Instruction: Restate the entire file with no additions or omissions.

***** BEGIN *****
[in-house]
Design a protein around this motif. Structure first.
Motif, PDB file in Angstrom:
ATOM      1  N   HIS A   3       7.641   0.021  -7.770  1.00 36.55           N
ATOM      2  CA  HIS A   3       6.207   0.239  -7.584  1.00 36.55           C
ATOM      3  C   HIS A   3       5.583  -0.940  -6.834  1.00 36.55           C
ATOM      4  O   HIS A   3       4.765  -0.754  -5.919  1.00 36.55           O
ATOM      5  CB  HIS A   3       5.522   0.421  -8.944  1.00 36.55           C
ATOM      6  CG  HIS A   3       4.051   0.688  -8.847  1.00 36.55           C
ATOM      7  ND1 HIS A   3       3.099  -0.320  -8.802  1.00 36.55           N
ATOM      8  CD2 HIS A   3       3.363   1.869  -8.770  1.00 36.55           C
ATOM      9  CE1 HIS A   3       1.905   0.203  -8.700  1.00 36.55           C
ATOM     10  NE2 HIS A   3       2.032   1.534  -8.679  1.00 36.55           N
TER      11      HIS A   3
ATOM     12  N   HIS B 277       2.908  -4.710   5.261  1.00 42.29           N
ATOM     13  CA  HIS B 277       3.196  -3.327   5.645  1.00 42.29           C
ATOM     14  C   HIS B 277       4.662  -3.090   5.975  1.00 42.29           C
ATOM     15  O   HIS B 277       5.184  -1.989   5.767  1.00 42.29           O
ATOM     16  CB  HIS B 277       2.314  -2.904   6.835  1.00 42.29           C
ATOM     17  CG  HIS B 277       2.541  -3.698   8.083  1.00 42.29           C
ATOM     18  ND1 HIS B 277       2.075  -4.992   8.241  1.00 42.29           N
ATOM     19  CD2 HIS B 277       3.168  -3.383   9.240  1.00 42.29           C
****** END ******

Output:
[in-house]
Design a protein around this motif. Structure first.
Motif, PDB file in Angstrom:
ATOM      1  N   HIS A   3       7.641   0.021  -7.770  1.00 36.55           N
ATOM      2  CA  HIS A   3       6.207   0.239  -7.584  1.00 36.55           C
ATOM      3  C   HIS A   3       5.583  -0.940  -6.834  1.00 36.55           C
ATOM      4  O   HIS A   3       4.765  -0.754  -5.919  1.00 36.55           O
ATOM      5  CB  HIS A   3       5.522   0.421  -8.944  1.00 36.55           C
ATOM      6  CG  HIS A   3       4.051   0.688  -8.847  1.00 36.55           C
ATOM      7  ND1 HIS A   3       3.099  -0.320  -8.802  1.00 36.55           N
ATOM      8  CD2 HIS A   3       3.363   1.869  -8.770  1.00 36.55           C
ATOM      9  CE1 HIS A   3       1.905   0.203  -8.700  1.00 36.55           C
ATOM     10  NE2 HIS A   3       2.032   1.534  -8.679  1.00 36.55           N
TER      11      HIS A   3
ATOM     12  N   HIS B 277       2.908  -4.710   5.261  1.00 42.29           N
ATOM     13  CA  HIS B 277       3.196  -3.327   5.645  1.00 42.29           C
ATOM     14  C   HIS B 277       4.662  -3.090   5.975  1.00 42.29           C
ATOM     15  O   HIS B 277       5.184  -1.989   5.767  1.00 42.29           O
ATOM     16  CB  HIS B 277       2.314  -2.904   6.835  1.00 42.29           C
ATOM     17  CG  HIS B 277       2.541  -3.698   8.083  1.00 42.29           C
ATOM     18  ND1 HIS B 277       2.075  -4.992   8.241  1.00 42.29           N
ATOM     19  CD2 HIS B 277       3.168  -3.383   9.240  1.00 42.29           C